Parents Welcome to Assist Their Canes Through Volunteerism, Sharing Ideas and Keeping Informed

Monday, December 18, 2017 | by Joe Morey |


Each month, parents of Hayward Community School District students meet up to share information about school policies, activities and to see how they can be involved in their student’s education.

“Parents have great suggestions,” Kelly Ryder, district curriculum and programs director, said. “We use their ideas for direction on where we should go. We want the parents to have a great educational experience.”

The Parent Assisting Canes (PAC) committees exist in each school, Primary, Intermediate, Middle School and High School, as well as a District PAC. There is also an Indian Education PAC that meets at the LCO Tribal Office, a Northern Waters PAC and HACIL PAC.

Ryder hosts the District PAC meeting held at the Intermediate School’s Central Office conference room on the first Wednesday of each month at 8:15 a.m. She said anyone is invited to participate in the meetings.

Ryder explained some of the things the PAC committees do, such as the high school group recently set up dinners for the parent-teacher conferences. Ryder said the middle school PAC made wreaths to put up in the homeroom, and parents at the elementary were decorating the hallways. She said the parents volunteer their time.

The school district website says of the PAC’s, “It is the policy of the Hayward Community School District to encourage and facilitate parent/guardian involvement in their child’s educational experience. Communication between home and school is imperative at all grade levels.”



Ryder shared some of topics discussed at the December District PAC meeting. She said Administrator Craig Olson shared information about the district report card and how the school’s score went up a little bit.

“We want to work to keep growing,” Ryder said. “Despite some challenges we face, we continue to meet expectations on our report card.” Those challenges include an exceptionally high number of students who qualify for reduced or free lunch in the district compared to other districts, Ryder said. She also said the health of individuals in Sawyer County is ranked as the 3rd lowest in the state.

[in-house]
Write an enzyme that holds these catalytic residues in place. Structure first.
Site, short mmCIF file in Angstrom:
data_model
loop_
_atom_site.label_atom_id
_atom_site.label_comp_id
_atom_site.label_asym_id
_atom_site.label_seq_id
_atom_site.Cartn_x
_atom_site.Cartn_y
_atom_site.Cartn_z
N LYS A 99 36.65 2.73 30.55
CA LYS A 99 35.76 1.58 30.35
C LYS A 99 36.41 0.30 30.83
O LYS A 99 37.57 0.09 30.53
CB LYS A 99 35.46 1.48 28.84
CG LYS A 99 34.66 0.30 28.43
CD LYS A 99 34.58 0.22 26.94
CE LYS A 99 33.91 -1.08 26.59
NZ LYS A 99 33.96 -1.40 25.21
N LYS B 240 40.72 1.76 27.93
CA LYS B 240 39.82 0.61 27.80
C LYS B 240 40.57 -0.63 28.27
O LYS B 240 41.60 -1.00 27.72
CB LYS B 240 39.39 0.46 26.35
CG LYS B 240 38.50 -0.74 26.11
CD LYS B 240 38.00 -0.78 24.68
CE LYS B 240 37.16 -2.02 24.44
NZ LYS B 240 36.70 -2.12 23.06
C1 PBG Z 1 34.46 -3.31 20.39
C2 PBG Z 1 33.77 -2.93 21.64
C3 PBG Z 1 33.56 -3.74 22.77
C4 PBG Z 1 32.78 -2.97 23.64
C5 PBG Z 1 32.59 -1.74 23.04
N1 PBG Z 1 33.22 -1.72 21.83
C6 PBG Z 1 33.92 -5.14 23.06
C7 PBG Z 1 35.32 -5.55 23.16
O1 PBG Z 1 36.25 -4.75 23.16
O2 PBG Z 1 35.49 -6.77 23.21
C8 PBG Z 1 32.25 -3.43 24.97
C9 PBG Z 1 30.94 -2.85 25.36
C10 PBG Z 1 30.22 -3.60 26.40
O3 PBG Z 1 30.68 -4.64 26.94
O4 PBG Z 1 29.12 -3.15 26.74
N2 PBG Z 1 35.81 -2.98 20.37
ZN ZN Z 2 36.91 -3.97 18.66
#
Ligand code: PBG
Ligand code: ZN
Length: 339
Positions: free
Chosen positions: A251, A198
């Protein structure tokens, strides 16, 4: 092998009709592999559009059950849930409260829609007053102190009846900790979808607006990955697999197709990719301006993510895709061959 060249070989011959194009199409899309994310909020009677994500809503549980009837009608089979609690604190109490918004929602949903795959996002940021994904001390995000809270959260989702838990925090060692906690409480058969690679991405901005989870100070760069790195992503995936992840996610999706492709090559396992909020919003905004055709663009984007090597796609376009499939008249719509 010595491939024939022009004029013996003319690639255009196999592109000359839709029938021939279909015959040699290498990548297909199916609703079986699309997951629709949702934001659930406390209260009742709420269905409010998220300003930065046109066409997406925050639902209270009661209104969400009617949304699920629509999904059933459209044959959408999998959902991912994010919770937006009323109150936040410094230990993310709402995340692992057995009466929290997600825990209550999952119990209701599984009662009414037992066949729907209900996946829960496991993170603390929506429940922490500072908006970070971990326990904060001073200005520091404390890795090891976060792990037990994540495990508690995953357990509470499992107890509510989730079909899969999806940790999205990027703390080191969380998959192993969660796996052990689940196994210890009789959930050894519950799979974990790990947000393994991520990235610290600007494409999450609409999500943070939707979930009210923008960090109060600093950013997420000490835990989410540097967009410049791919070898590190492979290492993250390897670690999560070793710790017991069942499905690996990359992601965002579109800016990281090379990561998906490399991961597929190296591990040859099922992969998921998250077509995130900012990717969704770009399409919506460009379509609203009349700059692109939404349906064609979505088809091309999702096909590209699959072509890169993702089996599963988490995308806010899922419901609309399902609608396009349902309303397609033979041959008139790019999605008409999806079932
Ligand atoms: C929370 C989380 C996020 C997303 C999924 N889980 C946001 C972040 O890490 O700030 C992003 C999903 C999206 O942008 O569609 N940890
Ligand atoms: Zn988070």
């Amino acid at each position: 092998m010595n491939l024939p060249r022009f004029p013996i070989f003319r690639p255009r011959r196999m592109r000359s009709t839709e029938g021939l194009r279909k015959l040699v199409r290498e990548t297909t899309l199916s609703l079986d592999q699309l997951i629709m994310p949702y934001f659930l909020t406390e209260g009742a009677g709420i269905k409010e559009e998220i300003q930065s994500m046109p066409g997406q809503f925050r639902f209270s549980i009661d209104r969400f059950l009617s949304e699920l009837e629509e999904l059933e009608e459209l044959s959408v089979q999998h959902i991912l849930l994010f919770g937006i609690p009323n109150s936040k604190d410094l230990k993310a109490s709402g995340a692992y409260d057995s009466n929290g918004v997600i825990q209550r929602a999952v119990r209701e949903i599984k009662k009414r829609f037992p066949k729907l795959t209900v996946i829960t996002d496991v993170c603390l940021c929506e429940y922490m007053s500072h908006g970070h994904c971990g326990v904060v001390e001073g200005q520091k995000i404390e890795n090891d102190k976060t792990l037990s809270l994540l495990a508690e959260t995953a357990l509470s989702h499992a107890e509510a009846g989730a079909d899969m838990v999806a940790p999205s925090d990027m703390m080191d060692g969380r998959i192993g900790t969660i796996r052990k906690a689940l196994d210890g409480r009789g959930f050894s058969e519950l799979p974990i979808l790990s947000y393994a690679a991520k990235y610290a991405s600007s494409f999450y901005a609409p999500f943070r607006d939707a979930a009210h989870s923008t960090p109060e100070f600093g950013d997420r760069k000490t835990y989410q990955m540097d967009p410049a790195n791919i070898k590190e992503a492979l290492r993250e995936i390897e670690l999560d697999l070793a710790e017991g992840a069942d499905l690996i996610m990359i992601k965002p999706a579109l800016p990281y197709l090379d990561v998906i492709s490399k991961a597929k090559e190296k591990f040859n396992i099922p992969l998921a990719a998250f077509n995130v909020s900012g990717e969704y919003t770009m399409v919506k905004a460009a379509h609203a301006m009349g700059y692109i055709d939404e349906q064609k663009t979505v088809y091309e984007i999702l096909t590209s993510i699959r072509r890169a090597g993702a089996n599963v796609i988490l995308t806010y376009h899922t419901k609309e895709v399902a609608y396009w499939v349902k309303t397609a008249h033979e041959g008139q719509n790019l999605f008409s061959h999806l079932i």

“We talked about the new texting system the school has, like our first snow day when the parents were texted,” Ryder said. “One suggestion was made by a parent that the students should also get those texts, because sometimes they see it faster than the parents.” Ryder thought that was a great suggestion.

Ryder said they also were updated on the fixing of the school district’s heating system through the ACT 32 funding. “We are excited about providing a warm, safe building.”

Ryder said they talked about school safety issues also at the December meeting.

“We want our parents to feel welcome, but we also want our students to be safe,” Ryder said. She said they asked parents how they felt about the school’s security, and the parents felt the school is doing a good job.

Ryder also said they share with the parents what staff and teachers are up to in the district. For example, she said 10 staff participated in a book study, reading “Everything You Wanted to Know About Indians but Were Afraid to Ask.” She said these teachers volunteered their time to do this and it was the most participation from any school district in the state.

“We also took 13 of our staff to a workshop in Turtle Lake on Nov. 27 addressing American Indian student achievement gaps,” Ryder said. “We had art teachers, music teachers, principals, and counselors all attend to see what we can do to increase achievement for Native American students.” Ryder said at this conference, Hayward had the most participation out of 10 school districts that attended.

Ryder said all parents are welcome to attend the PAC meetings.

“We welcome anyone to come and provide us some feedback,” Ryder said.

According to Ryder, the biggest challenge facing the school district is attendance.

“We need to emphasize to our parents to get their kids here ready to learn,” Ryder said. “We can’t guarantee achievement when they are not here. Parents need to know that when your children are here, they are warm, safe, well-fed and they are receiving a world-class education.”

Ryder said there may be many reasons why parents are having troubles getting their students here, which may include homelessness and parents being in jail.

“If we have the kids here we can give them access to programs that may help,” Ryder said. The district website states, “Make a positive change for your child's school, call your child's building principal to find out how you can join their parent advisory committee today!”

Meetings for the:

District PAC are usually held the first Wednesday of each month at 8:15 am in the Central Office Conference room;


Primary School PAC are usually held on the second Tuesday of each month at 2:00 p.m. in the Primary School Conference Room;

Intermediate PAC are usually held on the third Tuesday of each month at 2:00 p.m. in the Intermediate School Conference Room;



Middle School PAC are usually held on the second Monday of each month at 8:30 a.m. in the Middle School Conference Room;



High School PAC are usually held on the second Wednesday of each month at 8:30 a.m. in the High School Conference Room;

Indian Education Parent Advisory Committee 
This committee usually meets the second Tuesday of each month at 5:00 p.m. at the LCO Tribal Office;

HACIL Parent Advisory Committee - are usually held both on a Tuesday and Thursday quarterly; Northern Waters Parent & Community Advisory Committee usually meets the last Wednesday of every month, at 4:45 p.m. The meetings are held at the Northern Waters Environmental School.


 


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